She said, "You can be sure, Matthew, that the criminal element of not only England but also greater Europe is looking in this direction, and has already seen the potential. Whatever it might be: kidnapping, forgery, public and private theft, murder for hire. Domination of the mind and spirit, thereby to gain illicit profit. I could give you a list of the names of individual criminals who will most likely be lured here at some time or another, but it's not those petty thugs who concern me. It's the society that thrives underground, that pulls the marionette strings. The very powerful and very deadly group of men-and women-who even now are sitting at dinner just as we are, but they hold carving knives over a map of the new world and their appetites are ravenous."
She ceased her stirring and again locked her gaze with his. "You say that currently the criminal element is not overpowering the judicial system. That's today. There are going to be many tomorrows in the life of this colony and this city, Matthew. If we don't prepare for the future, it will be taken from us by those who do." She lifted her arched eyebrows. "Please don't be blind to the fact that there's already an element of...shall we say...evil at work herei The 'Masker,' as Mr. Grigsby calls him. There have been several murders in Boston and Philadelphia that are still unsolved and unlikely to be as more time goes past. Oh, it's already here, Matthew. and it will thrive unless the enforcement of law is strong and organized. Which it currently is not."
Greathouse came back in with a wineglass full to the brim. "Have I missed the sermoni"
"I was just getting to the 'amen,'" Mrs. Herrald answered. "I hope I haven't frightened our junior associate too very much."
"There were some, I recall, who up and bolted." Greathouse settled himself in his chair. "What say, Matthewi Still in the gamei"
It was time for Matthew to ask an indelicate question, but one that must be posed. "How much money am I to be paidi"
"ah!" Greathouse grinned. He lifted his glass in a toast. "That's the spirit!"
"To be negotiated," said Mrs. Herrald. "You can be sure it's more money than you've ever seen, and will continue to be improved as your experience and training improves."
"Trainingi What trainingi"
"Had to be a catch," Greathouse said.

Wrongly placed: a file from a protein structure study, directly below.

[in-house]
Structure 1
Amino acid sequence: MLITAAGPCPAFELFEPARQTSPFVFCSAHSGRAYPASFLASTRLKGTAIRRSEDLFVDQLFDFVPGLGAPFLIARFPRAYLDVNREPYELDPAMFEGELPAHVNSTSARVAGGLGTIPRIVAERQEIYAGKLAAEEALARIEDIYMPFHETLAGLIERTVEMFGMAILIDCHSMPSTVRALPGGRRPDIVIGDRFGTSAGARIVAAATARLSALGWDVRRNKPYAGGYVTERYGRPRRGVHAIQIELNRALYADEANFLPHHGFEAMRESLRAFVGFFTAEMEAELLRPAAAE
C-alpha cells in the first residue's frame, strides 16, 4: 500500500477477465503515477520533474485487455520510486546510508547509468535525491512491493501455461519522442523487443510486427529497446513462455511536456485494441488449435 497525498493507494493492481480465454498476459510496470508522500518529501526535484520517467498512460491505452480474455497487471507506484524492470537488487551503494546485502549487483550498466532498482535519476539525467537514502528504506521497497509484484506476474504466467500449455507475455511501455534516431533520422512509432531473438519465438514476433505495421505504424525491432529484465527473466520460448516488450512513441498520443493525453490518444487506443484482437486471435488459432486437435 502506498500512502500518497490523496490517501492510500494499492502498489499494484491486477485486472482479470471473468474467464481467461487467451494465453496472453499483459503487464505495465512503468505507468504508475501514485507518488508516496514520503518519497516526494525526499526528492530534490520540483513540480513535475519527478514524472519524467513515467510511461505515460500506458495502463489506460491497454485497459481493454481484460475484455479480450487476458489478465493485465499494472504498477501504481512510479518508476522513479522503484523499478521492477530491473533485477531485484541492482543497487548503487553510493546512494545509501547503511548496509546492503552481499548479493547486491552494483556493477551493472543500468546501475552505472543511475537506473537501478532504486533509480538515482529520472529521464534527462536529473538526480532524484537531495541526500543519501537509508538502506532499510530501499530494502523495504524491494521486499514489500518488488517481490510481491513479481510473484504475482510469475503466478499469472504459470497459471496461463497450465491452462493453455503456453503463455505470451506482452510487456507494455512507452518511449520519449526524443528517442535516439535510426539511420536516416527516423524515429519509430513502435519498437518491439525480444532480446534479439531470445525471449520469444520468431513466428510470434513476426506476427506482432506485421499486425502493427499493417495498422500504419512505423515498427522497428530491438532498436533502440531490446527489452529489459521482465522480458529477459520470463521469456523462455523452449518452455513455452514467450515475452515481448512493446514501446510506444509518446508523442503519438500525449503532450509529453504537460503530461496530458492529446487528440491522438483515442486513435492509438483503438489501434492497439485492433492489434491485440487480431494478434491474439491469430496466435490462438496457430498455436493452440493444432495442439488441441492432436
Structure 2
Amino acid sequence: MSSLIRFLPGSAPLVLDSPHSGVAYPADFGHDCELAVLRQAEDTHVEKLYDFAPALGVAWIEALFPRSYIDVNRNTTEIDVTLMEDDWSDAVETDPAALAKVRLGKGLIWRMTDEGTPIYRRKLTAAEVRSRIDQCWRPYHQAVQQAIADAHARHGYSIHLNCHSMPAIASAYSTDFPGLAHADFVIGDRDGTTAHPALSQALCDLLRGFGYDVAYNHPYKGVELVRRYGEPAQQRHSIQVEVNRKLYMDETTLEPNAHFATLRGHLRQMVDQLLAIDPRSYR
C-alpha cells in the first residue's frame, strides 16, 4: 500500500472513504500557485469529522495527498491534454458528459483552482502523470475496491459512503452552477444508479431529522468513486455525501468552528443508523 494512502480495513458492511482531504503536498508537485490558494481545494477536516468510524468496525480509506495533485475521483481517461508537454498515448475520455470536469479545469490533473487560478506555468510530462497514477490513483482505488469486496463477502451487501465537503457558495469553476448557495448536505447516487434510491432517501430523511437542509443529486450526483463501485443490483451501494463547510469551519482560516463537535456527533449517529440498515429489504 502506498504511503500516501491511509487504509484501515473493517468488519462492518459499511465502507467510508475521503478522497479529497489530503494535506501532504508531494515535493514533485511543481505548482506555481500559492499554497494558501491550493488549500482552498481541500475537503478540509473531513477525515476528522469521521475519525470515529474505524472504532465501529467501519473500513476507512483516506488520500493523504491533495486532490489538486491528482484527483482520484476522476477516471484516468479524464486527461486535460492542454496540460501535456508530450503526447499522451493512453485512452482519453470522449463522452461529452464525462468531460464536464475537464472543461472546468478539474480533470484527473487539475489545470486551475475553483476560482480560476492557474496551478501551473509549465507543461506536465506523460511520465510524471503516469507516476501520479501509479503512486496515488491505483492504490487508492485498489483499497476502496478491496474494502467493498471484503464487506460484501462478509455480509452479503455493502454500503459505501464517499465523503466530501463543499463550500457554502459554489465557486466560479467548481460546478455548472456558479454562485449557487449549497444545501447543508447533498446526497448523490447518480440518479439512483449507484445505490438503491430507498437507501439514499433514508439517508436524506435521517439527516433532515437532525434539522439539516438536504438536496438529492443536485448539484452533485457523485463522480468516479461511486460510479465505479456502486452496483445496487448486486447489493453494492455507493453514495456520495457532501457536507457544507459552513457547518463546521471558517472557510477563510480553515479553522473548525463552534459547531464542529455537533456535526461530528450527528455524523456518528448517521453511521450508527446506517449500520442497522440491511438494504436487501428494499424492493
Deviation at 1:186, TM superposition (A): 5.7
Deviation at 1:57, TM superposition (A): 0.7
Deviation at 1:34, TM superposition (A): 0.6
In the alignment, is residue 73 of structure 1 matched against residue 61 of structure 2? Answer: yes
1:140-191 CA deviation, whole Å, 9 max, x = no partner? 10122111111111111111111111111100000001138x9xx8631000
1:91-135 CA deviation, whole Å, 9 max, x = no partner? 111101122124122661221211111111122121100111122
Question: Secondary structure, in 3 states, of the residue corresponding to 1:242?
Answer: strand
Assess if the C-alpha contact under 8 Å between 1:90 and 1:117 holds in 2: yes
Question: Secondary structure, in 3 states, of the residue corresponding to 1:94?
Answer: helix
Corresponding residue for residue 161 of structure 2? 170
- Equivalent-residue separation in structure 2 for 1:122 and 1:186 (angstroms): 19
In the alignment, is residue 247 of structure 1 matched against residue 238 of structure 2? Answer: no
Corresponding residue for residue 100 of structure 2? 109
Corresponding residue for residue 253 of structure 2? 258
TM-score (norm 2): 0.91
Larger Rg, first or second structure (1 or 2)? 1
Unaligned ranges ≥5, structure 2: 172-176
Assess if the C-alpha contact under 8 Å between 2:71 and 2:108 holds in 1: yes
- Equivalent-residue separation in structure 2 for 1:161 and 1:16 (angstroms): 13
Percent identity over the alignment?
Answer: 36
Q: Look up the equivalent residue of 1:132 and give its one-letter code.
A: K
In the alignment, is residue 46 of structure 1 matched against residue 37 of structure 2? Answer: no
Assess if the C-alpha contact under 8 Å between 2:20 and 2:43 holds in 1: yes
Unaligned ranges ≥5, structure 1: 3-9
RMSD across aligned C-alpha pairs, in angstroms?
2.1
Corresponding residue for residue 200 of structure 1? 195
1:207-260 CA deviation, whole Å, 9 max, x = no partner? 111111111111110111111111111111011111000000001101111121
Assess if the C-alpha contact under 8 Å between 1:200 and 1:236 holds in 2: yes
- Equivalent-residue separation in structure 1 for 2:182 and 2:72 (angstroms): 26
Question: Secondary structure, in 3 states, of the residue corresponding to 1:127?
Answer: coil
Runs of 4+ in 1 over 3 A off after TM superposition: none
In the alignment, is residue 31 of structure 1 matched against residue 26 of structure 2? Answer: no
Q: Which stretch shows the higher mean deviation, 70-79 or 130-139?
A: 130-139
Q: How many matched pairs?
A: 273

"Your training from junior to full associate, which may take some time," came the reply. "You won't be given anything you can't handle, that I promise." Matthew didn't like the sound of that training part, yet he assumed it probably had to do with learning a new language or improving his processes of logic and deduction by further reading. Still, his hesitation made Greathouse say, "You know what the dockmen say in London, Matthewi 'Don't sweat over the small crates, and everything's a small crate.'"
"I would say some crates are not as small as others, but I echo the sentiment...I suppose," said Mrs. Herrald with a slight smile. "We need you, Matthew. You'll be well-paid and well-challenged. Probably well-travelled too, before long. Certainly well-educated in the complexities of life, and of the criminal mind. Have I frightened you offi"
"No, madam," Matthew answered quickly and firmly. "Not in the least."
"That's what I wished to hear." She looked out the window and saw a flash of lightning in the distance, toward town. "I don't think you should try the road this time of night, and in this weather. If you'd care to stay, you can sleep in the downstairs bedroom. Get an early start at sunup, if you like."
Matthew thought that would be the wisest course, and thanked Mrs. Herrald for her hospitality. as the night moved on, Greathouse brought a chessboard and pieces from another room, set it up on the table, and had a game with Matthew as he downed a second brimful glass of wine. Matthew assumed Greathouse would be an easy victim with all that liquor in his brain, but the man caused grievous difficulty with his knights before Matthew shredded him with a queen-and-bishop combination.
after a second game in which Matthew showed no mercy from the beginning and coldly cut Greathouse to pieces left and right until the swordsman's king was trapped in a corner like a miserable rat, Greathouse yawned and stretched his huge self until his backbone cracked. Then he said goodnight and retired to the carriage-house, where he resided.
Mrs. Herrald had already gone to bed during the second chess game, so Matthew went into the small but comfortable bedroom downstairs, took off his clothes, and put on a nightshirt she'd laid out for him. He washed his face in a waterbowl, cleaned his teeth with a brush and peppermint dental powder left for his convenience, blew out his candle, and went to bed as the distant lightning flashed and flared over Manhattan.
There was much to think about. To deeply ponder and consider. Matthew spent about three minutes thinking about Mrs. Herrald's "sermon" at the table before the weariness crashed over him and he was out as quickly and absolutely as his candle.
Thus it was with some confusion and grogginess that he came back to his senses with someone pulling at him and a lantern in his face. The rain was still falling from the dark, hitting the bedroom's window. He sat up, squinting in what seemed like noonday's sun thrown in his eyes.
"Up and dressed," said Hudson Greathouse, standing over him. His voice was all business and as sober as Sunday. "Your training starts now."